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Hydrogen Breakthrough In Transportation Sector - Trevor Milton, CEO of Nikola Motors

(Kitco News) -Nikola Tesla, is the first and last name that has now became two faces of the electric-vehicle market with Nikola Motor riffing off the iconic Tesla brand. Nikola Motor is the first company to announce an all-electric “class 8” heavy duty truck, an apparent extrapolation of Tesla’s battery-electric sedans.

concept of the New Nikola Motor's all-electric heavy duty truck Much like Tesla’s 400,000+ preorders for their upcoming “Model 3”, Nikola reportedly received over 8,000 reservations for its new truck, 3 billion dollars in value if all orders are confirmed. But this is where their paths split.

While Tesla is entirely focused on plug-in battery electric technology, Nikola just announced it would add a range-extending hydrogen fuel cell replacing the previously intended compressed natural gas (CNG) unit. We spoke with Trevor Milton, CEO of Nikola Motors, to learn why.

“Fuel cells are very efficient compared to the [electrical] grid, which isn’t”, Milton explained. “That’s why we took the plug off. We didn’t want people to have to use ‘dirty’ energy to power our trucks”.
Elon Musk and his team have frequently trash-talked hydrogen in the past, claiming that it belonged in space ships but not in cars. How does Milton feel about that? “On a light duty car it’s a little harder to make hydrogen work because of cost. So I get where Elon is coming from. But on a heavy duty truck, hydrogen is absolutely the way to go. Battery-only will never work on a heavy duty truck because it can’t go the distance – you’d end up with a very limited range”.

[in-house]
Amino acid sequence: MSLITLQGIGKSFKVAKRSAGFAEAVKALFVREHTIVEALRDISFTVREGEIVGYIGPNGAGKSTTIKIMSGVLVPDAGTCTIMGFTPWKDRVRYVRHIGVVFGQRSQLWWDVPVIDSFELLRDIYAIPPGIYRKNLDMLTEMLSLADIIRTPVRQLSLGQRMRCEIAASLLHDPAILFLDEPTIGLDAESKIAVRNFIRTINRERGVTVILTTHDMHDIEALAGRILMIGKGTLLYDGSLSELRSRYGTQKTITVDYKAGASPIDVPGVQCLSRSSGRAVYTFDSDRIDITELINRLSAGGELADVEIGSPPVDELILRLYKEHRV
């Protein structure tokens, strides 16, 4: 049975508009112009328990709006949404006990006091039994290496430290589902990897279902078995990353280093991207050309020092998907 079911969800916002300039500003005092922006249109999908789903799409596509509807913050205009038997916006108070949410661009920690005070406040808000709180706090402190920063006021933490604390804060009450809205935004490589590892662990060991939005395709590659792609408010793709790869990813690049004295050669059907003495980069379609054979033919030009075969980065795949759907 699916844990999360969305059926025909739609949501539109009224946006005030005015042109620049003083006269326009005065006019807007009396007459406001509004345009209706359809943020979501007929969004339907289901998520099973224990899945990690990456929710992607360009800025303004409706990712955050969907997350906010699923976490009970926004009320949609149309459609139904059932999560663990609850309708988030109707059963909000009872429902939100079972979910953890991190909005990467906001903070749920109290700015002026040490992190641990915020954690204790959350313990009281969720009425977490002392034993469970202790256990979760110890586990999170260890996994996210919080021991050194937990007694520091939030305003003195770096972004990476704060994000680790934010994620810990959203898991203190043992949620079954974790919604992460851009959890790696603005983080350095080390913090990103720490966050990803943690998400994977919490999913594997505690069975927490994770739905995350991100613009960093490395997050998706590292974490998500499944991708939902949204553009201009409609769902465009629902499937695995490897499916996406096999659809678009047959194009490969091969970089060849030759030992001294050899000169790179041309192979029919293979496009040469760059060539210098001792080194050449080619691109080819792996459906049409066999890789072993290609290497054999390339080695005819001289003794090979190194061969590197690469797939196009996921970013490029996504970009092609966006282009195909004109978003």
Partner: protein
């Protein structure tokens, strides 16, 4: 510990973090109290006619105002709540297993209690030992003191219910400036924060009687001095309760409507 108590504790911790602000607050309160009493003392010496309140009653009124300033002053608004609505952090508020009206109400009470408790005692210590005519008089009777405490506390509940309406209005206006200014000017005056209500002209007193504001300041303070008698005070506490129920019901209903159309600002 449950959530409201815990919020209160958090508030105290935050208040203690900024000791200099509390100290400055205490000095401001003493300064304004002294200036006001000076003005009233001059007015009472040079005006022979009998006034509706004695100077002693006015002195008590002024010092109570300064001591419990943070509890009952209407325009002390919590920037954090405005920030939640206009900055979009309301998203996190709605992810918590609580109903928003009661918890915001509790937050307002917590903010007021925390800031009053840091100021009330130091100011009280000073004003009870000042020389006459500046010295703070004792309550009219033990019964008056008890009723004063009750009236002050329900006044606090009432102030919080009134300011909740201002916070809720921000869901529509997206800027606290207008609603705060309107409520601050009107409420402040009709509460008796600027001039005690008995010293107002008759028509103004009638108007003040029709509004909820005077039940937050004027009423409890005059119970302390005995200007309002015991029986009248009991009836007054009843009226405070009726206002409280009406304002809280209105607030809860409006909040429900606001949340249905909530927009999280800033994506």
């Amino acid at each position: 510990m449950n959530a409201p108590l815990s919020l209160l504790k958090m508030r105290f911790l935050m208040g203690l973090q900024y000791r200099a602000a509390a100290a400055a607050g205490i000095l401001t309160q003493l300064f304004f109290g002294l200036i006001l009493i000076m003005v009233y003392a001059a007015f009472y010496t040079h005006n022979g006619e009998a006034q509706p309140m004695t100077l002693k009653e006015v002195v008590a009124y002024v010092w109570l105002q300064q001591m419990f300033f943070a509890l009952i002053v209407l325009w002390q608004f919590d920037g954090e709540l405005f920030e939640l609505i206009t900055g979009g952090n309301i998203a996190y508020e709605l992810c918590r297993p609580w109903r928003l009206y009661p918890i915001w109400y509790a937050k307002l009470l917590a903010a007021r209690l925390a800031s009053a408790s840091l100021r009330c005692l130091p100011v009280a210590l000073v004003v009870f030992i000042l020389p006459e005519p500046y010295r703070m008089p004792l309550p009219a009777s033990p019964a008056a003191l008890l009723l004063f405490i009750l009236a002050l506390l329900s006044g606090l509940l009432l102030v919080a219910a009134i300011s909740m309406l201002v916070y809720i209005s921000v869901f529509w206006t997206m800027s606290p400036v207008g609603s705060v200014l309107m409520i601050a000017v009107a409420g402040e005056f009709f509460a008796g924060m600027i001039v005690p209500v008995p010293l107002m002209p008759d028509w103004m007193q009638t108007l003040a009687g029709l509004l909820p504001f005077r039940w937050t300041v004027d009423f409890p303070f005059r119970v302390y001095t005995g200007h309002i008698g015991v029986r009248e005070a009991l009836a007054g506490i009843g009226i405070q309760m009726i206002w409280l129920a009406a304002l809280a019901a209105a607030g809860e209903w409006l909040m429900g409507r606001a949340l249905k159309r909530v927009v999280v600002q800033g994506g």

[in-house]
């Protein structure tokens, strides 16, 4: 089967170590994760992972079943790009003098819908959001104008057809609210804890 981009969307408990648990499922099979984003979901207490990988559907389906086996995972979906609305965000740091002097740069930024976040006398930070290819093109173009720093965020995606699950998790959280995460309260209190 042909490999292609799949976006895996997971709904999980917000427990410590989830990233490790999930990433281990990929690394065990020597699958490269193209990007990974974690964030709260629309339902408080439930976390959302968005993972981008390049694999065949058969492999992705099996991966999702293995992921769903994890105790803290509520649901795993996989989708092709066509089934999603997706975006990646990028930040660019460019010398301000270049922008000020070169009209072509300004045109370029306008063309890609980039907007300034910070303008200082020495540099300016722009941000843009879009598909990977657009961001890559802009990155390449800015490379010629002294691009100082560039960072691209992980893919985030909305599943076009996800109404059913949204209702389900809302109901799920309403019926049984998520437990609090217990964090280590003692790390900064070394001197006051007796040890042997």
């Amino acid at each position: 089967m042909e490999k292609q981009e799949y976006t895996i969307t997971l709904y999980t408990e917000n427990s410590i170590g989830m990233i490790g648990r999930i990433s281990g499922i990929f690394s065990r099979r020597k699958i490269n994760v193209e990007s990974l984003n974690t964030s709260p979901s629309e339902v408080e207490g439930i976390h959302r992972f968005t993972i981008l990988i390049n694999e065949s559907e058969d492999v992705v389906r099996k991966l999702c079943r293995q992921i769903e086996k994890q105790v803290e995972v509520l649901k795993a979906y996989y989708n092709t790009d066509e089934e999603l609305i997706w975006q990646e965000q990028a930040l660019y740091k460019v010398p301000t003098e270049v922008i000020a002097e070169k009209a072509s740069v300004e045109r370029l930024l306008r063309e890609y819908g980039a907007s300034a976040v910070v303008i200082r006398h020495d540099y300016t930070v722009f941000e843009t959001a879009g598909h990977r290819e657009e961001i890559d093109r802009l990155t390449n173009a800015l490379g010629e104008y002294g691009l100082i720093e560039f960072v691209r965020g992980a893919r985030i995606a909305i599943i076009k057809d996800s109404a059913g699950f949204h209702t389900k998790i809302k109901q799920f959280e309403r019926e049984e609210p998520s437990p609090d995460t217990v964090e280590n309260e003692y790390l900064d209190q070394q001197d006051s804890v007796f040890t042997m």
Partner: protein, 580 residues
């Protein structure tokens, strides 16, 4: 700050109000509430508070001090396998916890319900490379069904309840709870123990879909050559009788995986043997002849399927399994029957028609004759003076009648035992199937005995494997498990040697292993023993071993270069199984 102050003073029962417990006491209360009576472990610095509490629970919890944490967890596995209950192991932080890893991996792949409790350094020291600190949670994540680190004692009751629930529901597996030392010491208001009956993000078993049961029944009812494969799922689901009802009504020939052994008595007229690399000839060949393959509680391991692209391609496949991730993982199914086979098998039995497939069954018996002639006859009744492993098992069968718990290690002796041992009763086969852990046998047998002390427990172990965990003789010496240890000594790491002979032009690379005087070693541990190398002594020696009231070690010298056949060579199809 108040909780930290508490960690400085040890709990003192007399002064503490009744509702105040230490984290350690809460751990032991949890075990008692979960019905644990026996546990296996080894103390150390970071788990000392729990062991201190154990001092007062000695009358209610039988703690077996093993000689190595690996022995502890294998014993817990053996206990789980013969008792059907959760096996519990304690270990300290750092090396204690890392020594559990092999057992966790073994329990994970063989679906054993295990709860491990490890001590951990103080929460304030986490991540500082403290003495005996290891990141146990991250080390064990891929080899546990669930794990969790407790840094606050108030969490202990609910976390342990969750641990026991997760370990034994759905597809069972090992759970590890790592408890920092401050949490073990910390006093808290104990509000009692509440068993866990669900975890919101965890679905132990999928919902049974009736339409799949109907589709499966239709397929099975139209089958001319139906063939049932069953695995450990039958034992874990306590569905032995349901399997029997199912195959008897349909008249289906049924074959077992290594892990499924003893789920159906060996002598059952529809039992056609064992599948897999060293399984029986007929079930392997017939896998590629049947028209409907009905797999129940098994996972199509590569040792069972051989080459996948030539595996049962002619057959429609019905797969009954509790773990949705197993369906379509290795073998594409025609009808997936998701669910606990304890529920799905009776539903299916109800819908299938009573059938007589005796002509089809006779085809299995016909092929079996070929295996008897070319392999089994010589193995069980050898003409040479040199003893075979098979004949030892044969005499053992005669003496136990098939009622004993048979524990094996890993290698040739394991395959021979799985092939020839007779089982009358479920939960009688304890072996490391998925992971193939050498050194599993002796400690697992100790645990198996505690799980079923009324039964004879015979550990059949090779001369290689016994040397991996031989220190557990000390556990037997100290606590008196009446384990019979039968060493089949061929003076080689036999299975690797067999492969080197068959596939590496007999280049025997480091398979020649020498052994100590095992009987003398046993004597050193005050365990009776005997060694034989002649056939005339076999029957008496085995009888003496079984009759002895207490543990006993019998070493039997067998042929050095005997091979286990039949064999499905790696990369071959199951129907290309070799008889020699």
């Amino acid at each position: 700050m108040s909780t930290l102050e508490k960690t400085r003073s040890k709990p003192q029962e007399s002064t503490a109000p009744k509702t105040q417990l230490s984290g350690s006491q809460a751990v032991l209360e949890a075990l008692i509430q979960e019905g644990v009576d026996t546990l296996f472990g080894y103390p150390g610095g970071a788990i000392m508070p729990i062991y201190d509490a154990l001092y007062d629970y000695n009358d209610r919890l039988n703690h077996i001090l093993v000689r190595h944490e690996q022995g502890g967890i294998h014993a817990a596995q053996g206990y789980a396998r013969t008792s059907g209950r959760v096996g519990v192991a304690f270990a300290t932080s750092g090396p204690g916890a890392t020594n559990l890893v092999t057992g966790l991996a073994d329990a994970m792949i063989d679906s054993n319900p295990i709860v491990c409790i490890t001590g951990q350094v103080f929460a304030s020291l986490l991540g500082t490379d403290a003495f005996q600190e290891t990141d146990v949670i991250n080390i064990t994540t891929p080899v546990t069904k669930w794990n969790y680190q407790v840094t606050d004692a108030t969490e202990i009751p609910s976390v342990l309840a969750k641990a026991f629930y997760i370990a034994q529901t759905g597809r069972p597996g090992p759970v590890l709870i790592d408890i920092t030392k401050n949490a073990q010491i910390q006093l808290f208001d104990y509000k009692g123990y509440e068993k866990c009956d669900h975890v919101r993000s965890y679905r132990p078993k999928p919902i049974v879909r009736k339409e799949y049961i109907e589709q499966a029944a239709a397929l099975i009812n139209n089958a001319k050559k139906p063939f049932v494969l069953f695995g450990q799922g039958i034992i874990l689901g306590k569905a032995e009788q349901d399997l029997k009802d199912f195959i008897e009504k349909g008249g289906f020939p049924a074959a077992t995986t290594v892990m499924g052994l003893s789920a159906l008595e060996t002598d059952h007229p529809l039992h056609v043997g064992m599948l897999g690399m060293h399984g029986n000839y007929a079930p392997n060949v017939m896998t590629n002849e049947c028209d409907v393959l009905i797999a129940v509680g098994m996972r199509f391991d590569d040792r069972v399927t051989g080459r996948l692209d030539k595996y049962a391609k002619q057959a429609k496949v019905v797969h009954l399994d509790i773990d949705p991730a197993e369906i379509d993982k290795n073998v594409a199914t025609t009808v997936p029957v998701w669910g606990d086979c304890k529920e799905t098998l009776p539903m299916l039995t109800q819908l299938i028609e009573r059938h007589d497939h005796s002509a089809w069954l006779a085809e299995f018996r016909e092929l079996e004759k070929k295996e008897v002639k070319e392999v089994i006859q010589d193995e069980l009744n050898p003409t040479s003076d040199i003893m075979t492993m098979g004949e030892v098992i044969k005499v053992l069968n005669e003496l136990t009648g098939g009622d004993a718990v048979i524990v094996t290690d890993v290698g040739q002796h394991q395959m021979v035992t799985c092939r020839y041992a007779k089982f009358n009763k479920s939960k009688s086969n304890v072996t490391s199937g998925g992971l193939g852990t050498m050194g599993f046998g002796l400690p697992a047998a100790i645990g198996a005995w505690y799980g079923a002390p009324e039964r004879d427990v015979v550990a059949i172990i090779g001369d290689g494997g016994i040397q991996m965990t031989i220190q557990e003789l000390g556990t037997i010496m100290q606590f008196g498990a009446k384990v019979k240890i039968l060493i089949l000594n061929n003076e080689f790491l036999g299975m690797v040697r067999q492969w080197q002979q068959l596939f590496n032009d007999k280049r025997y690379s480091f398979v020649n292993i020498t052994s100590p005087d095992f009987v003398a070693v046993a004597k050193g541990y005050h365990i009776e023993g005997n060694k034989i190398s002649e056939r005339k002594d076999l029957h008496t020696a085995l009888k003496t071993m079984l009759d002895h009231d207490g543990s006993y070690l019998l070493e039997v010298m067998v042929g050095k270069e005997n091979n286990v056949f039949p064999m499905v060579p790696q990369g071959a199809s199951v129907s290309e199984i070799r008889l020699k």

It should be noted that the “Nikola One” truck will still carry a 320kWh battery. To put this into perspective: a Tesla Model S is equipped with 75-100 kWh batteries. However, the truck’s battery is charged by the fuel cell which helps boost the vehicle’s range to up to 1,200 miles, requiring just 15 minutes of refill time.

It is Nikola’s goal to be completely emission free, including the production of hydrogen. To accomplish this, the company is presently commissioning and building a series of solar farms across the country that will convert water to hydrogen by means of electrolysis. Launch date for the entire system including production trucks and 56 fueling stations is 2019.

Alas, Milton would not answer the all-important question of how much platinum his fuel cells will employ. The release of all technical information is reserved for the official unveiling of the truck on December 1st, 2016 in Salt Lake City, Utah. Milton did, however, give us some clues: “Existing designs like Toyota’s or Ballard’s weren’t quite adequate for our application as the membranes we require have to be thicker. We had to re-design the fuel cell to fit a much tougher environment. Our life cycle is 1 million miles whereas a Toyota’s or Honda’s is about 250,000 miles”.

This leaves us hopeful for platinum as a key element in tomorrow’s freight industry.

By Bodo Albrecht,
Follow me on Twitter @BodoAlbrecht



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